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A third patient is being treated for the effects of anthrax following the death of another drug user in Glasgow, health chiefs have confirmed.
The patient being treated at the city's Glasgow Royal Infirmary is in a critical condition. One male patient died last week and the female patient und... Read More
Scientists at Washington University have isolated a channel that shuttles the vital but vulnerable heme molecule across biological membranes.
In some ways a cell in your body or an organelle in that cell is like an ancient walled town. Life inside either depends critically on the intelligence... Read More
The culling of thousands of pregnant goats and sheep carrying a disease that killed 6-people earlier this year, was begun by the Dutch government on Monday.
While, it is rare for humans to contract Q-fever, a bacterial sickness, however, the unusual outbreak in the Netherlands has continued t... Read More
A new antiretroviral treatment currently available in Europe and North America will be available in Australia from January 1, combining three existing medicines in one tablet.
Atripla — which controls HIV by stopping the virus multiplying — will be included on the pharmaceutical benefits sche... Read More
You think you have a stomach of steel—until you get a bad bout of food poisoning, that is. And while you may be tempted to throw caution to the wind, food borne illness can be serious business. According to the American Dietetic Association (ADA), millions of people are sickened, 325,000 are hos... Read More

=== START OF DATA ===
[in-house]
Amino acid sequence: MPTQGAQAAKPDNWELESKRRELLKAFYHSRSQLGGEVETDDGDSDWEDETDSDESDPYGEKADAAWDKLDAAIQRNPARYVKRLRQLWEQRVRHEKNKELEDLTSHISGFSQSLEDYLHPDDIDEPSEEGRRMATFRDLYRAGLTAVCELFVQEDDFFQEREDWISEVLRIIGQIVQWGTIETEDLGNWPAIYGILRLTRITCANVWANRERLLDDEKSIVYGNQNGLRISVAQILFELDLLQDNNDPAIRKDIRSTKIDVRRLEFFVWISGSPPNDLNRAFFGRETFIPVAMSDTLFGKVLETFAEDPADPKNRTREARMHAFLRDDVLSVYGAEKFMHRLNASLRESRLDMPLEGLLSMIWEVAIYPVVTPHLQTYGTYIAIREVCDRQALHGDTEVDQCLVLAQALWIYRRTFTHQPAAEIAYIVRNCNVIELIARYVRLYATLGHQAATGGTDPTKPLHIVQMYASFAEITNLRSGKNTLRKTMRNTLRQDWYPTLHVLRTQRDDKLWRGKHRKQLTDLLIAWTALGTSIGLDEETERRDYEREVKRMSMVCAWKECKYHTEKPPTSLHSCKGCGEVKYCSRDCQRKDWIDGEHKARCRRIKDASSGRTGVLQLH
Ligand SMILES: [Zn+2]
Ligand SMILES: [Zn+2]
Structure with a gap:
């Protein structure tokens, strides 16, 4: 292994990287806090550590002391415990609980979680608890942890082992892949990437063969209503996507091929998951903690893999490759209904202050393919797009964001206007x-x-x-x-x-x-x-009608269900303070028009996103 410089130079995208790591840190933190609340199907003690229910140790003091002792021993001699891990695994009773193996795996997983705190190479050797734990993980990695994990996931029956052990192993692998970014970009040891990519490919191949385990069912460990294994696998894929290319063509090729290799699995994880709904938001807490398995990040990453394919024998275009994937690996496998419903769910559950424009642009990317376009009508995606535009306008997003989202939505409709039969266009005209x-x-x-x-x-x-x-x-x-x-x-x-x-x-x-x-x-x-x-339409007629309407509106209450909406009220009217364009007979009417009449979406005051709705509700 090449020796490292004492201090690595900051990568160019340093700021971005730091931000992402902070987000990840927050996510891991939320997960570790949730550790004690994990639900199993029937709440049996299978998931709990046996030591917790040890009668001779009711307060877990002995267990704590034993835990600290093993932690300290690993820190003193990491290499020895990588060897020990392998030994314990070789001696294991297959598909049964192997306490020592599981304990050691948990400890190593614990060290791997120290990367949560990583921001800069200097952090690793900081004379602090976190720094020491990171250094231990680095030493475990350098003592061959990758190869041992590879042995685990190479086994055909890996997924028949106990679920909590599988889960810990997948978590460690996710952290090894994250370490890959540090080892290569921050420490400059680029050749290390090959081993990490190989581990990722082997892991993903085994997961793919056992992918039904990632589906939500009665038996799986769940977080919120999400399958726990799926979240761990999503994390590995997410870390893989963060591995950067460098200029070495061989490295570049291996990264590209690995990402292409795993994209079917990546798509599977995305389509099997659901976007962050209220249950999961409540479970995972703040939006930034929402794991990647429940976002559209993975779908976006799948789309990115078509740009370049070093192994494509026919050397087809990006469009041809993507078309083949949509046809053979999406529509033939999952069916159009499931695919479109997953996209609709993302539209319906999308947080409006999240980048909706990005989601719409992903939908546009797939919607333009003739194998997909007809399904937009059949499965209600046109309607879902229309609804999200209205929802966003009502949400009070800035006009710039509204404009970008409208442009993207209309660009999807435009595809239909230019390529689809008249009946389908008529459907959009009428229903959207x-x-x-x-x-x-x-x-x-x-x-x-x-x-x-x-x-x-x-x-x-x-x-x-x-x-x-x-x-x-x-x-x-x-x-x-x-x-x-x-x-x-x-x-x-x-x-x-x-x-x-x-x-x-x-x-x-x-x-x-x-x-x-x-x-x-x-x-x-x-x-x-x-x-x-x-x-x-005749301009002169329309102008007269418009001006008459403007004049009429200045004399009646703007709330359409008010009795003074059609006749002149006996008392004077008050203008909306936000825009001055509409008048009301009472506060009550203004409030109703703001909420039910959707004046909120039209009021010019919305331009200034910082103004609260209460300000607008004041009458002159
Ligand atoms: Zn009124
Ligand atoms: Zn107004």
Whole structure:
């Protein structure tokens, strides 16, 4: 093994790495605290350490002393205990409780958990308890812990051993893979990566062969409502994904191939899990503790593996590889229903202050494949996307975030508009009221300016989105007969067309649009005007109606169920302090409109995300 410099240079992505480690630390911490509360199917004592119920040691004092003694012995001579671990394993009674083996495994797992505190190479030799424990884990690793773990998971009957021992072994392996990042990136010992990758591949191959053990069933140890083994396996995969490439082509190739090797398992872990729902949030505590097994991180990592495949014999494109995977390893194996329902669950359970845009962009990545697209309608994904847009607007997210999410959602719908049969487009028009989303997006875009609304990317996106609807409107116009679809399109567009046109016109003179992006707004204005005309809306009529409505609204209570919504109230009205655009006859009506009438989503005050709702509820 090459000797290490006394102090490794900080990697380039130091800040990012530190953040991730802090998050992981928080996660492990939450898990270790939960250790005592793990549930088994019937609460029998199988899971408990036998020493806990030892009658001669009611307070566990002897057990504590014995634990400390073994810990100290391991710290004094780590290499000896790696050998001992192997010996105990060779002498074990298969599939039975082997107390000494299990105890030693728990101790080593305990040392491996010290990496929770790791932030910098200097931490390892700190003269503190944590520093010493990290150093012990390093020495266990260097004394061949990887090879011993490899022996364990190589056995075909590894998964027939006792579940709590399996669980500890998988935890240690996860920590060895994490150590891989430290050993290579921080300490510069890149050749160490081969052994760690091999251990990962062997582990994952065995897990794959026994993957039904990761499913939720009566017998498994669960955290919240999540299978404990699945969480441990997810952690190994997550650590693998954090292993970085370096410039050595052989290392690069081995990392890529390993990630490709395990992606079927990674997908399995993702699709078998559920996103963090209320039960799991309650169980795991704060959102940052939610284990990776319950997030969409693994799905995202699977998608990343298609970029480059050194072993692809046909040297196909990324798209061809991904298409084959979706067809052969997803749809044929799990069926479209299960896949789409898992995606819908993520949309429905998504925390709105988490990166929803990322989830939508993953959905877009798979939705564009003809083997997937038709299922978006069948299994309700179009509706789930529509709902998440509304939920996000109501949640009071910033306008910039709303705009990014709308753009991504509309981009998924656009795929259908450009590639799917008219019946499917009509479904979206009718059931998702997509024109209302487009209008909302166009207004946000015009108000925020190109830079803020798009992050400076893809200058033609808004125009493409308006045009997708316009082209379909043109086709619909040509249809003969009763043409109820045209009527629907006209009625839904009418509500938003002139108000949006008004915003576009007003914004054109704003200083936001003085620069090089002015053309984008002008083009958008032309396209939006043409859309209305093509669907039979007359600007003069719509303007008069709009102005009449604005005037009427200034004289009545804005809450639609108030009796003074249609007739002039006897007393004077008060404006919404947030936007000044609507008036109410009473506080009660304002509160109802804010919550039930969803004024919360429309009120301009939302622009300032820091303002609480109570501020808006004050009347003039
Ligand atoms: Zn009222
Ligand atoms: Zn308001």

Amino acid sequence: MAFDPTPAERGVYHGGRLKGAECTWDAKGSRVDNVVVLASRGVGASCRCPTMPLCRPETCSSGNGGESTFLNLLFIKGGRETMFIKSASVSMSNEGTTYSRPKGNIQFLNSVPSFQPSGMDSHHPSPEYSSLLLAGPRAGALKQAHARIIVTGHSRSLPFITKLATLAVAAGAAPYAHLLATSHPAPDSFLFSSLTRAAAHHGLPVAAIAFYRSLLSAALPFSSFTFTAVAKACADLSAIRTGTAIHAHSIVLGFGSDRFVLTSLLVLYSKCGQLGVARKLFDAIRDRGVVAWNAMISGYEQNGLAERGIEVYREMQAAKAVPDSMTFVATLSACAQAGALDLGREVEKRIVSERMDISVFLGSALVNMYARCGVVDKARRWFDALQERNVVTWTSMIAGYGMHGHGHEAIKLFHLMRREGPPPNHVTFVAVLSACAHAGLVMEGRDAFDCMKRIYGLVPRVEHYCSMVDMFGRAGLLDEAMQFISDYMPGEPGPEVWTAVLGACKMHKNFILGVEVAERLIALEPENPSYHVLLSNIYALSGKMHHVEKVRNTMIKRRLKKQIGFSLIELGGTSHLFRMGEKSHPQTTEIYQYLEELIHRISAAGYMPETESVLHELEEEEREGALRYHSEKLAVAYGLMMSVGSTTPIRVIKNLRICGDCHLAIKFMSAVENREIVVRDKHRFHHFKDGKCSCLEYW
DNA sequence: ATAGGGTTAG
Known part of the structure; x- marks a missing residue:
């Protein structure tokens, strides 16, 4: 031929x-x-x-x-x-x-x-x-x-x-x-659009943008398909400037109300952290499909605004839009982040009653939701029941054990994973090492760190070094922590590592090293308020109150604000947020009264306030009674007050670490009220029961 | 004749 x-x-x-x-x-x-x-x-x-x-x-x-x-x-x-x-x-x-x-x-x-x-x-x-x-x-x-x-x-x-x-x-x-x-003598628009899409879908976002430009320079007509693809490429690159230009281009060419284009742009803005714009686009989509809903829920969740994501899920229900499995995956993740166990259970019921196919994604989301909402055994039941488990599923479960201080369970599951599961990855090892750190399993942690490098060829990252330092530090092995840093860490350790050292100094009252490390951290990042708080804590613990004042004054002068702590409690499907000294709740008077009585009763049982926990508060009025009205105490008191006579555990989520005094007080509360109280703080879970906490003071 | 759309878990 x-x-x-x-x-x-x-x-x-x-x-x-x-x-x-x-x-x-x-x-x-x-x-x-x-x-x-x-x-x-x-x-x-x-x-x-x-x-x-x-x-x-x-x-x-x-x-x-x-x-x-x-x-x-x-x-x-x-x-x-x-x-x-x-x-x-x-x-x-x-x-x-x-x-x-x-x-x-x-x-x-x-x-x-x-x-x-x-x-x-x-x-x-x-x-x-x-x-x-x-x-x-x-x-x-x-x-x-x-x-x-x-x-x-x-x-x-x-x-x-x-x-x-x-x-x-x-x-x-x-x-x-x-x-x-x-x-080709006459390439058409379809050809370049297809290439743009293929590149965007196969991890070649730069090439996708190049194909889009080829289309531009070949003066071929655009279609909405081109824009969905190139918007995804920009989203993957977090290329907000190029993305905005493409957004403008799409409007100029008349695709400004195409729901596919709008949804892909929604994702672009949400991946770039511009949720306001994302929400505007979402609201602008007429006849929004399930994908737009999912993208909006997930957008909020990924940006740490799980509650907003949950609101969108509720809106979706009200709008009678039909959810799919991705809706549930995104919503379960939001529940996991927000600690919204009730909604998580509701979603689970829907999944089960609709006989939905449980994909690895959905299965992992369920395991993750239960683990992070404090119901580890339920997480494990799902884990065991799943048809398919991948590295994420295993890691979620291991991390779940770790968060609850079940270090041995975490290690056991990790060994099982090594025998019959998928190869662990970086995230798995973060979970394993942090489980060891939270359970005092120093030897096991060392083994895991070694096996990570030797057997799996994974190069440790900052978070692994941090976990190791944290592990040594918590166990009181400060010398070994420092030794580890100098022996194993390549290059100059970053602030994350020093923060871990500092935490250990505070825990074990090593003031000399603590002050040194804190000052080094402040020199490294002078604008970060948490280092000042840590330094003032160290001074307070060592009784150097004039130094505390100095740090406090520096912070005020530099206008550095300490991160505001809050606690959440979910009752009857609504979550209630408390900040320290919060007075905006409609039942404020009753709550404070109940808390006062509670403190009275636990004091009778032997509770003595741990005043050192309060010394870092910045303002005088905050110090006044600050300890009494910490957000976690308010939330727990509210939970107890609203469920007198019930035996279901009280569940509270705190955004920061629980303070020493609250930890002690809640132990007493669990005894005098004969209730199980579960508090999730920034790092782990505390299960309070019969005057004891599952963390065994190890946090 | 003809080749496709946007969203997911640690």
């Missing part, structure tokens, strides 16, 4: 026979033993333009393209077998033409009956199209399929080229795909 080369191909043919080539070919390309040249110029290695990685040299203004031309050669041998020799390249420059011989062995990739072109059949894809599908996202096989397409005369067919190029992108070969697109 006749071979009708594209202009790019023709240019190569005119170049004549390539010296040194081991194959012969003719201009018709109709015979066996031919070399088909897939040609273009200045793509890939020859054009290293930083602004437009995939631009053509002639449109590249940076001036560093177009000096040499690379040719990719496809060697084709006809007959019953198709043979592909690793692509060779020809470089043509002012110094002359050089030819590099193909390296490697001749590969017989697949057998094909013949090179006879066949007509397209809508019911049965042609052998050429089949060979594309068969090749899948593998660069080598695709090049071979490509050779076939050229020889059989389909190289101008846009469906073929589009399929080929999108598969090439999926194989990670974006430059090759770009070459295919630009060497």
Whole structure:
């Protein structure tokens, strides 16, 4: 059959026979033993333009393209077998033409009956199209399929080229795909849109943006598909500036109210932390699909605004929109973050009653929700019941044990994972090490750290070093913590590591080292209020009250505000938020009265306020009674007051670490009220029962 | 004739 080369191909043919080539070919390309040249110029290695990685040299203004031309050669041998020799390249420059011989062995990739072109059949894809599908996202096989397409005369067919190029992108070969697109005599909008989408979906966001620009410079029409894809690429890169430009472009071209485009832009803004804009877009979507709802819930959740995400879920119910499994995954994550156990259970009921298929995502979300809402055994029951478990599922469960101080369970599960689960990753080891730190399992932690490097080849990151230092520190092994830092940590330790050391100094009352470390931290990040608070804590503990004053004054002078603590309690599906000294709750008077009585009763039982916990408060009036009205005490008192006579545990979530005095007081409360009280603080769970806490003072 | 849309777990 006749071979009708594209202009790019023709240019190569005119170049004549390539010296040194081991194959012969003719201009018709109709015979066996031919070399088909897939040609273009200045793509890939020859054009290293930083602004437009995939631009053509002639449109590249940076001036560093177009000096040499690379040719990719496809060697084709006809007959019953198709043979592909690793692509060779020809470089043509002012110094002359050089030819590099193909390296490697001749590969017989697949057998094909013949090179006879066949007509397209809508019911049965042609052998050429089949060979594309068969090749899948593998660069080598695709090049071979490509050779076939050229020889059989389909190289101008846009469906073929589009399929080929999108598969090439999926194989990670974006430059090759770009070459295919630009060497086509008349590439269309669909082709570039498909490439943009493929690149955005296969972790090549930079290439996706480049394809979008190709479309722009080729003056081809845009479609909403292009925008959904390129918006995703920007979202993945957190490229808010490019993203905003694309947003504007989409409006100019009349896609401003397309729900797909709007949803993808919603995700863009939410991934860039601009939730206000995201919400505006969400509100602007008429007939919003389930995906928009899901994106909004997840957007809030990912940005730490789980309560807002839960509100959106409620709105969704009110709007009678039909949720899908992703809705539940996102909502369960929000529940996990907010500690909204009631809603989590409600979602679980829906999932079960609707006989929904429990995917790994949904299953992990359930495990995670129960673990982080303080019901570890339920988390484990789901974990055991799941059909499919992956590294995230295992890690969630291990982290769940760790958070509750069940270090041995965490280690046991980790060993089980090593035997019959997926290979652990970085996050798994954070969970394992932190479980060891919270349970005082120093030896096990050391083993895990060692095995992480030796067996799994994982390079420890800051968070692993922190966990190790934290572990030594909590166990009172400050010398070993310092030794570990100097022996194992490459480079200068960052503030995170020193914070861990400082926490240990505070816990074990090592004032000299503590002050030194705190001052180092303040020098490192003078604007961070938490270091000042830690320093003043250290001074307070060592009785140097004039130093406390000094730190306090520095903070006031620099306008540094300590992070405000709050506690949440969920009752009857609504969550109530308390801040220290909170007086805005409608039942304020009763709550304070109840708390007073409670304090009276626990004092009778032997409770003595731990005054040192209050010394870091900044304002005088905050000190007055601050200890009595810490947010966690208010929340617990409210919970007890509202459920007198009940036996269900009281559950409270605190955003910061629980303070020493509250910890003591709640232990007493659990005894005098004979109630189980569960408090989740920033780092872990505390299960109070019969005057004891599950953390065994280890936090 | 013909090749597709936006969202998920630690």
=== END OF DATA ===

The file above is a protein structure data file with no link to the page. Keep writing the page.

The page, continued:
Immunizing calves with either of two forms of a vaccine newly developed by Agricultural Research Service (ARS) scientists might reduce the spread of sometimes deadly Escherichia coli O157:H7 bacteria. The microbe can flourish in the animals' digestive tracts, yet doesn't cause them to show clini... Read More
New research reveals a mutation on a gene that makes children susceptible to a severe form of mycobacterial disease. The work not only supports a controversial idea that certain genes evolved to combat specific bacteria but also reveals new mechanistic details of how the immune system fights off... Read More
On episode #63 of the podcast This Week in Virology, Vincent, Alan, and Rich talk about US government contract for freeze-dried smallpox vaccine, red squirrels in the UK threatened by poxvirus, and Marseillev... Read More
On December 10, 2009, the American Veterinary Medical Association (AVMA) announced the death of another pet from the 2009 H1N1 influenza virus. This brings the national total of pet deaths associated with the virus to 11 pets – seven cats and four ferrets. The first US case of a pet dying from t... Read More
The World Health Organization on Tuesday began using a new and more effective polio vaccine to eradicate the crippling virus in parts of Afghanistan.
Although most of Afghanistan is belived to be polio free, the disease has gone unchecked in 13 districts where security is a major concern.